The Thames Valley remains one of the most economically successful regions in the UK despite the Covid-19 pandemic, with faster growth forecast between 2019 and 2025 than any other region except London, according to EY’s latest report.
‘Assessing the impact of COVID-19 on the Thames Valley’, provides analysis and commentary on the region, its vibrant business economy, and its response to the challenges presented by Covid-19.
Pre-Covid-19 predictions had expected to see the Thames Valley continue to outperform all UK regions in 2020, with sectors including technology, business services and scientific research leading combined regional growth. Although the Covid-19 pandemic is likely to reduce the region’s forecast Gross Value Added (GVA) by just over 10% for 2020, this is lower than the UK average of just above 11%.
EY’s Regional Economic Forecast, which informed the report, identified that some industries within the Thames Valley had better weathered the pandemic. Professional services, science and technology and information and communications are forecast to see a reduction in GVA of 9%. Sectors more heavily affected in the region, such as arts, entertainment and recreation and accommodation and food services were both forecast to see reductions in GVA growth of between 23-47% for the period 2019-2020.
Richard Baker, managing partner at EY in the Thames Valley and South, said: “This report predicts that the medium-term outlook for the Thames Valley remains strong, with the most prominent sectors in the region expected to recover from Covid-19 at a faster rate than many other affected UK regions. However, the next step for business is how it adapts not only to the impact of Covid-19, but also the upcoming challenges posed by Brexit, which continues to affect business, planning, decision making and investment.”
Medium term impact
Despite the short-term impact of Covid-19, the Thames Valley is likely to remain one of the UK’s fastest growing regions, with forecast GVA growth of 9.4% between 2019 and 2025. This is below London (10%), but significantly higher than the forecast UK rate of growth of just above 7% over the same period.
There are a range of key growth projects already underway in the region that will continue to support the growth of the regional economy, including Crossrail. However, amid increasing uncertainty following the pandemic and the prominence of rival destinations such as the Northern Powerhouse Rail and Midlands Engine, action must be taken to encourage investors and retain existing employers.
Baker added: “EY has long been an advocate of a joined-up strategy for the region, between businesses, the public sector and other institutions, for the benefit of all. And, while inroads and initial conversations have been had, it’s still the case that the fragmented nature of the region contributes to the challenge of business engagement and effective collaboration. We must focus on continued digital transformation to help local businesses to retain a competitive edge and address the social-economic challenges of high housing costs and skills transference and diversification to enable the workforce to adapt.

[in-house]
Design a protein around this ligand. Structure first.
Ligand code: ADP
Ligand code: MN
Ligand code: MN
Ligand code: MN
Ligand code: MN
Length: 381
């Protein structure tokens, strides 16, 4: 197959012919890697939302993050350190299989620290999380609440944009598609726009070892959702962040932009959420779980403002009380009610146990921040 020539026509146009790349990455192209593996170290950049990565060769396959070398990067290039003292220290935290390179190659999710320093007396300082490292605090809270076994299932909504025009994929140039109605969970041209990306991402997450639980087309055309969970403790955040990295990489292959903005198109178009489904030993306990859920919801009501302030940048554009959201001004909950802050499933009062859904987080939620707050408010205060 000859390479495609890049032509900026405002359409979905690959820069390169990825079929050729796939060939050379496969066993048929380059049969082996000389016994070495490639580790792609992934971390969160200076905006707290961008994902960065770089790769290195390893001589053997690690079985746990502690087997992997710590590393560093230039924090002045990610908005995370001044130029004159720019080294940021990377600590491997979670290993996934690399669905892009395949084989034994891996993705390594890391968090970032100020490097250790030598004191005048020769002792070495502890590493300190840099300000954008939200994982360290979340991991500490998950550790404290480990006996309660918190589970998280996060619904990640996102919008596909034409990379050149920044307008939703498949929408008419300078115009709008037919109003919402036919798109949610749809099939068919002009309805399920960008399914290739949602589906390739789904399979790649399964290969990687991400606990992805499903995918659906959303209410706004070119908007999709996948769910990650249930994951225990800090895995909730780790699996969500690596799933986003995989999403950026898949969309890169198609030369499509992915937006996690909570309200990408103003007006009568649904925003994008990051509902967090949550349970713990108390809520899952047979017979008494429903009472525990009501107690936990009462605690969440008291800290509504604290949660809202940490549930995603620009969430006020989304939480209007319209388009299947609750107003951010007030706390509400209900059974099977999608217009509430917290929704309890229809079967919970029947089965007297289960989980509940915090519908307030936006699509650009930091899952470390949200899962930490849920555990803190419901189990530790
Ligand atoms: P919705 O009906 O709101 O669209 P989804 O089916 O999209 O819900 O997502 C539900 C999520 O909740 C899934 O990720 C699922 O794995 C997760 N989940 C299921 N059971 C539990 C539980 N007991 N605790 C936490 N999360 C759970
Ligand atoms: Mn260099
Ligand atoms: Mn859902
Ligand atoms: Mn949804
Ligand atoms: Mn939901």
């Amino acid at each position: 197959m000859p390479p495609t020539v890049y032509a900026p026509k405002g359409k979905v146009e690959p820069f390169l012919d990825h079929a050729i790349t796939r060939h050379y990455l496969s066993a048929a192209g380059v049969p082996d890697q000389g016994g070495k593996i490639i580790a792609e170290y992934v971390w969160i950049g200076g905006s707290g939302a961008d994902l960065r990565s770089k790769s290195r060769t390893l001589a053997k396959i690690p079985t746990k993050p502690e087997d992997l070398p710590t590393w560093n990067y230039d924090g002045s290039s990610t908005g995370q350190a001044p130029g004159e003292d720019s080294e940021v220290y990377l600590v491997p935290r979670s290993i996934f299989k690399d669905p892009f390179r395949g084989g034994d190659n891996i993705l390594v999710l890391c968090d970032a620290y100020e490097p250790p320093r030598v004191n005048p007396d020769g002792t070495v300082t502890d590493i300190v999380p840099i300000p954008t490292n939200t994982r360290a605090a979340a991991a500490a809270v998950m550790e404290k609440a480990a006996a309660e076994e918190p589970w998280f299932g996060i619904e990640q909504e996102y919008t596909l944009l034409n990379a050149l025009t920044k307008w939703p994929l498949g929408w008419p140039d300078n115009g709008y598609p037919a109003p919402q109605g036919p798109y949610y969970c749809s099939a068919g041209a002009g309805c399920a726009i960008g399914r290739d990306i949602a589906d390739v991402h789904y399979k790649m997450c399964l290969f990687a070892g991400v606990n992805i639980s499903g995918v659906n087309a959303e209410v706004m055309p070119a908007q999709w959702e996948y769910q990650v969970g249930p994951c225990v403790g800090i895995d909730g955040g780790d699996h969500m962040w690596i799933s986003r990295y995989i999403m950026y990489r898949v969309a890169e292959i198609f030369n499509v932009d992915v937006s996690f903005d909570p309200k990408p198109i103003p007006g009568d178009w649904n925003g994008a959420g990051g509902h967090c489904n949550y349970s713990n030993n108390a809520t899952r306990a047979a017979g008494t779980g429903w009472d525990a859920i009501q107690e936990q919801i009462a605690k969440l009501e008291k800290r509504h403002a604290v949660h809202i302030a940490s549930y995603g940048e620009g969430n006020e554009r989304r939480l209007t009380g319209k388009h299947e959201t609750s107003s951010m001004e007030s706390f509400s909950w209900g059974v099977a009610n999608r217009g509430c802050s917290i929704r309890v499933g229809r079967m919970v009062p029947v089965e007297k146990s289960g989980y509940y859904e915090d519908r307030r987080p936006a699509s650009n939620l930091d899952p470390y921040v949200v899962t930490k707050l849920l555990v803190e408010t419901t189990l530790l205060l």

“The challenge of Covid-19 has really helped to highlight the need for a ‘master plan’ for the region, to help created a more sustainable Thames Valley area. And, I’m looking forward to engaging in further conversations as a result of this latest report and, as a key business and employer in the region, supporting greater collaboration in the future.”
Rising unemployment figures
Although Covid-19 has caused a rise in unemployment in the region, levels are still much lower than elsewhere in the country. A total of 64.3k unemployment-related benefits were recorded in the Thames Valley between July and August 2020, or 2,991 per 100k people. This compares with an average across the UK of 4,082 claims per 100k people. The region has historically had much lower unemployment rates than the rest of the UK, and unemployment remains significantly below the rest of the country (4.1% compared to 7.6% to the end of August 2020).
Although, unemployment rates are likely to continue to rise as wage support schemes are wound down, the furlough rate (the number of furloughed roles divided by the size of the workforce in given areas) in the Thames Valley (19%) is considerably lower than the UK average (24%) and only slightly higher than in London (17%).
Positively, the region’s third largest sector for employment – information and communication (12% of regional employment) – has the second lowest proportion of businesses in the region (48%) to have applied for the Covid-19 job retention scheme (behind the human health and scientific sector (45%).
The impact of the pandemic on the region’s global links may affect the flow of investment and jobs from international firms.
Of the towns that sit within the immediate vicinity of Heathrow airport, for example, Slough has the highest unemployment rate in the region (8.1%), nearly double that of the rest of the region. Reading (6%) and Bracknell Forest (5%) also had unemployment rates higher than the region overall. Of the three counties which make up the Thames Valley, Oxfordshire had the lowest unemployment rate (2.5%), followed by West Berkshire (3.6%) and Buckinghamshire (5.7%).”